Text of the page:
Editorials

Jeff Bezos, Tyler Perry pay it forward, and young people in South Florida are the winners

Miami Herald Editorial Board

Tough life lessons and a few laughs over breakfast with Tyler Perry

Award-winning producer, director and actor Tyler Perry gave the keynote speech to young men graduating from the 5000 Role Models of Excellence Project on Martin Luther King, Jr. day. The actor spoke of life's very hard lessons that he survived bec
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Award-winning producer, director and actor Tyler Perry gave the keynote speech to young men graduating from the 5000 Role Models of Excellence Project on Martin Luther King, Jr. day. The actor spoke of life's very hard lessons that he survived bec

Two rich men have made generous donations to people and organizations who make their home in South Florida.

Let’s commend them. Their goodwill will resonate throughout the community.

Just as he was being named the world’s richest person last week, Jeff Bezos — founder and CEO of Amazon, owner of The Washington Post and, most important, graduate of Miami Palmetto Senior High — gave $33 million to fund college scholarships for 1,000 undocumented immigrant high school students who have Deferred Action for Childhood Arrivals, or DACA, status.

Bezos and his wife, MacKenzie, who have a $108 billion fortune, donated the money to help the DREAMers — the at least 690,000 young people brought illegally to the United States, mostly from Latin American countries, by parents who were simply seeking a better life.

Now, if Congress and the president manage to rescue the DREAMers from deportation in March — and they should — many of them will be able to improve their lives thanks to Bezos’ offer to pay for their education.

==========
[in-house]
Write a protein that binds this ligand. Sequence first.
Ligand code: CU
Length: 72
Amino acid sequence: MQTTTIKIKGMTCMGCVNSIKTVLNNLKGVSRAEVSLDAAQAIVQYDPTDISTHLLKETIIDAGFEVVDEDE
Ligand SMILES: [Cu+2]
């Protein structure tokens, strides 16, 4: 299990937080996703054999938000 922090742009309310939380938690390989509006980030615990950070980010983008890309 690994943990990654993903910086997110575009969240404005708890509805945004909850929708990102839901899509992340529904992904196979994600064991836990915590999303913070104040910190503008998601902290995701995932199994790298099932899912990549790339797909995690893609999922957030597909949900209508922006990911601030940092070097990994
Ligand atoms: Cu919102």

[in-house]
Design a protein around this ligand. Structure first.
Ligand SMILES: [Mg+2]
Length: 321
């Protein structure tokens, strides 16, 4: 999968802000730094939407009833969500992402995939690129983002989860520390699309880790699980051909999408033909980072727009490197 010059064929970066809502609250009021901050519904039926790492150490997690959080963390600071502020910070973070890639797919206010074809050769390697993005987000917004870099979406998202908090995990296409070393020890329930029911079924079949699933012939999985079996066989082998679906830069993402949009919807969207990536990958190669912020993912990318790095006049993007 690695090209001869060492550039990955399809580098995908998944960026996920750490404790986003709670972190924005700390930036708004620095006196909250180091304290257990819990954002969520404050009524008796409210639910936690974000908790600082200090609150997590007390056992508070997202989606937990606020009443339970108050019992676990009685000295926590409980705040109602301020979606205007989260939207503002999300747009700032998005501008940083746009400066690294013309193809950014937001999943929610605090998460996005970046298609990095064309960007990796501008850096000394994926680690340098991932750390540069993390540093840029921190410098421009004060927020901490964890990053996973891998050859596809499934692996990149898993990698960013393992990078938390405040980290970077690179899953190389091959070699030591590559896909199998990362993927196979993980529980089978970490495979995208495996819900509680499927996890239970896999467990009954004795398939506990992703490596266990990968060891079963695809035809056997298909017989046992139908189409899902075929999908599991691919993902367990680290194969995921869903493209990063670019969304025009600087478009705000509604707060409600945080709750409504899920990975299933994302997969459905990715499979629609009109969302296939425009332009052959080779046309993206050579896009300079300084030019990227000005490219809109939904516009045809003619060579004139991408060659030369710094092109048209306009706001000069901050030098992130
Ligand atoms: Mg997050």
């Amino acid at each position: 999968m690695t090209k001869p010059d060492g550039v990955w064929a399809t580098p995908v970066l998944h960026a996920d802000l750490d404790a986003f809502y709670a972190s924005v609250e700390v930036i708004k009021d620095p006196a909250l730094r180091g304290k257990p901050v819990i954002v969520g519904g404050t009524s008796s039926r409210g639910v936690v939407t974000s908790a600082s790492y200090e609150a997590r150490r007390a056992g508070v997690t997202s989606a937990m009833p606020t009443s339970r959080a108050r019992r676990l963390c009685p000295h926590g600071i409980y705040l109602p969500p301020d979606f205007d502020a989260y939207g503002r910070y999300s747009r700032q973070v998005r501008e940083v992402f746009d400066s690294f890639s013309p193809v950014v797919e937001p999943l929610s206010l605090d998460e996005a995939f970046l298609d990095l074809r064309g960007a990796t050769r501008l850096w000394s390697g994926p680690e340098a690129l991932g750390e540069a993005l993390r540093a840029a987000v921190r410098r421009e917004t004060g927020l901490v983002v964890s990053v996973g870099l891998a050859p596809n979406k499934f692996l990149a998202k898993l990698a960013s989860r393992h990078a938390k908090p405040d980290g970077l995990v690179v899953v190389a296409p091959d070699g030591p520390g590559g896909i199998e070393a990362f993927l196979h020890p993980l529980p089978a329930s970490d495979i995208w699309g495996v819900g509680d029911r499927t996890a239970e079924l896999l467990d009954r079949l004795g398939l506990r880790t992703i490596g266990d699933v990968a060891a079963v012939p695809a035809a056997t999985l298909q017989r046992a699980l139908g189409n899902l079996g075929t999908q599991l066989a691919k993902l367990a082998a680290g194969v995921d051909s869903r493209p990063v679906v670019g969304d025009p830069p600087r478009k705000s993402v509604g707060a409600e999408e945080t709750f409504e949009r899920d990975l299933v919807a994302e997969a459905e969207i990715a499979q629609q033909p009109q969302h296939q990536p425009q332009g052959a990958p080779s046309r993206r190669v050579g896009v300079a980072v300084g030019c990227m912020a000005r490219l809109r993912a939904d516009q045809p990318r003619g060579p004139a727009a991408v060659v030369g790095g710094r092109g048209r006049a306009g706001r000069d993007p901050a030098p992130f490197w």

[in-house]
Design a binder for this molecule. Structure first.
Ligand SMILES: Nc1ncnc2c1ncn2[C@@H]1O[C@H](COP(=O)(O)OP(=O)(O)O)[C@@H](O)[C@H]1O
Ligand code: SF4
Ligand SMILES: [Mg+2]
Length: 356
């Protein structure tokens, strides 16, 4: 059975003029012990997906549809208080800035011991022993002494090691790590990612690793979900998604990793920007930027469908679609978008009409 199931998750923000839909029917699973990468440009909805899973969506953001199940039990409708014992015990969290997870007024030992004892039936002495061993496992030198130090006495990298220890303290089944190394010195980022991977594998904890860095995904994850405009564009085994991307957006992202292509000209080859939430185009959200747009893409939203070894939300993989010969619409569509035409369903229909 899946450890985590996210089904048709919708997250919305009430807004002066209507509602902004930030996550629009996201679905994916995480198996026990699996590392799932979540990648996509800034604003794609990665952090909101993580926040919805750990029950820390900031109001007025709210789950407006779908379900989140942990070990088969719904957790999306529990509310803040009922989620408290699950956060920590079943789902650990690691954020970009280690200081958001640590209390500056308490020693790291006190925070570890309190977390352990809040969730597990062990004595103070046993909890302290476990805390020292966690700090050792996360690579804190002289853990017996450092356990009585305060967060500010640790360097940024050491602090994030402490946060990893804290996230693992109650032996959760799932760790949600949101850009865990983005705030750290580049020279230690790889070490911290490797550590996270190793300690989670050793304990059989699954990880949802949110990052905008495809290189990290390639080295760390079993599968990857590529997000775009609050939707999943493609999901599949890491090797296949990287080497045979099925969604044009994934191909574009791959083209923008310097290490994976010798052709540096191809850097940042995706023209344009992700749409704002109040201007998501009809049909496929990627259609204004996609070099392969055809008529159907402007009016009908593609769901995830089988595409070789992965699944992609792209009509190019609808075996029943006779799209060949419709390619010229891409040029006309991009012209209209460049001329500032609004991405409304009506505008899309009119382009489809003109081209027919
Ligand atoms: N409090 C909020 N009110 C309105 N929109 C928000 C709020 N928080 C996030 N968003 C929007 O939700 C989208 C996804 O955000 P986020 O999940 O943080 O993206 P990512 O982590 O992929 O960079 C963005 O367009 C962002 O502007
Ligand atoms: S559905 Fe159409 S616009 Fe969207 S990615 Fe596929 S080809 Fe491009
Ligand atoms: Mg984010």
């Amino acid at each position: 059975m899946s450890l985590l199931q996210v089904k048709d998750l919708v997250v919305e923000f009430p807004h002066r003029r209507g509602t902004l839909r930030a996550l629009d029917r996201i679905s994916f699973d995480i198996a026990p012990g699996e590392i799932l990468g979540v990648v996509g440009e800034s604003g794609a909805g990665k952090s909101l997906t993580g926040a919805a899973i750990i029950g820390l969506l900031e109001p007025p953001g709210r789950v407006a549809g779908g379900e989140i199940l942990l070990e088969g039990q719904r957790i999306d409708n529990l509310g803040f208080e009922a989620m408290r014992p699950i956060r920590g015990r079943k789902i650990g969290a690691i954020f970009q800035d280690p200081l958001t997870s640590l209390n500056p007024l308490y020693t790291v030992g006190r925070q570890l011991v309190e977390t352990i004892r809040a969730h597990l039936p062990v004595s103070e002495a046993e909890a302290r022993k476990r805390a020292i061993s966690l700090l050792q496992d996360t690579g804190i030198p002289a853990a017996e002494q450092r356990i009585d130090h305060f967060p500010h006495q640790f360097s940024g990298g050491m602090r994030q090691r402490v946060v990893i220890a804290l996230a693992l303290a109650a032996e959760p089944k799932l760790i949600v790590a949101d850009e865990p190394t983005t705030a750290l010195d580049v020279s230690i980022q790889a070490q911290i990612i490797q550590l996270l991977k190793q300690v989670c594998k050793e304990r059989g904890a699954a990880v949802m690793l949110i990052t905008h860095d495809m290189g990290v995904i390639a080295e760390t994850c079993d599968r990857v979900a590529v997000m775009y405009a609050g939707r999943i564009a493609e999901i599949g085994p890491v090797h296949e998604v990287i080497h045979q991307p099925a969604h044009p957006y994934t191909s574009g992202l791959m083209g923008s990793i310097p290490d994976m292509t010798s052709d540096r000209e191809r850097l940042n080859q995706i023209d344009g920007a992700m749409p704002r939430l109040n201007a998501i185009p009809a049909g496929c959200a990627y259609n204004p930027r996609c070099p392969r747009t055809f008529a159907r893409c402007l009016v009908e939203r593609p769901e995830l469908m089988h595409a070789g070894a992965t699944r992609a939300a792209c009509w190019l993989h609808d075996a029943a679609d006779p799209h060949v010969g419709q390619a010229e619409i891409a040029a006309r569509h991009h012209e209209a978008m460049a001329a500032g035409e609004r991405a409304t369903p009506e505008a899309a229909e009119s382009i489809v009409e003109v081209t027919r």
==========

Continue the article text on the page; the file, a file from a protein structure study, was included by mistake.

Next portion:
What a well-targeted gift that will be felt here where thousands of DREAMers live.

Many may not know of Bezos’ strong ties to refugees, Miami’s Cuban exile community and the famed Operation Pedro Pan, which in the early 1960s spirited 14,000 Cuban children and young teens to the United States without their parents.

Those parents wanted to rescue their children from indoctrination in schools under the Fidel Castro regime.

Many met with success as they weathered the uncertainty that they would ever see their parents again. Among them was Bezos’ adoptive father, Cuban-born Miguel Bezos, the man who loaned him the money to start Amazon. The rest is history.

Bezos’ magnanimous gift to DREAMers comes from the heart — which he made clear when he announced the gift on Friday. Bezos told of how his father came to America at 16 years old, unable to speak English.

“With a lot of grit and determination — and the help of some remarkable organizations in Delaware — my dad became an outstanding citizen and continues to give back to the country that he feels blessed him in so many ways.”

Yes, the billionaire Bezos is paying it back on his father’s behalf, but he’s also paying it forward on behalf of so many who wish the DREAMers well and those young people themselves.

Well done. As is the good work and kind heart of another benefactor whose donation landed in South Florida recently.

As the keynote speaker Monday at the 25th annual 5000 Role Models of Excellence scholarship program — an organization that provides mentorship and support to at-risk young men — film director, actor and producer Tyler Perry said he was moved at the large turnout.

“I looked at your faces coming down the aisle and I got emotional,” he told the packed crowd of hundreds at the Martin Luther King Jr. Day scholarship breakfast, the Miami Herald reported. He sat down and wrote the group a $100,000 check.

Perry had been invited to speak at the event by U.S. Rep. Frederica Wilson, of Miami. She founded the program in 1993.

Perry’s gift, like that of Bezos, ultimately can improve the lives of young people who are fighting to get that piece of the American Dream —and who want nothing more than to help America live up to its greatness.

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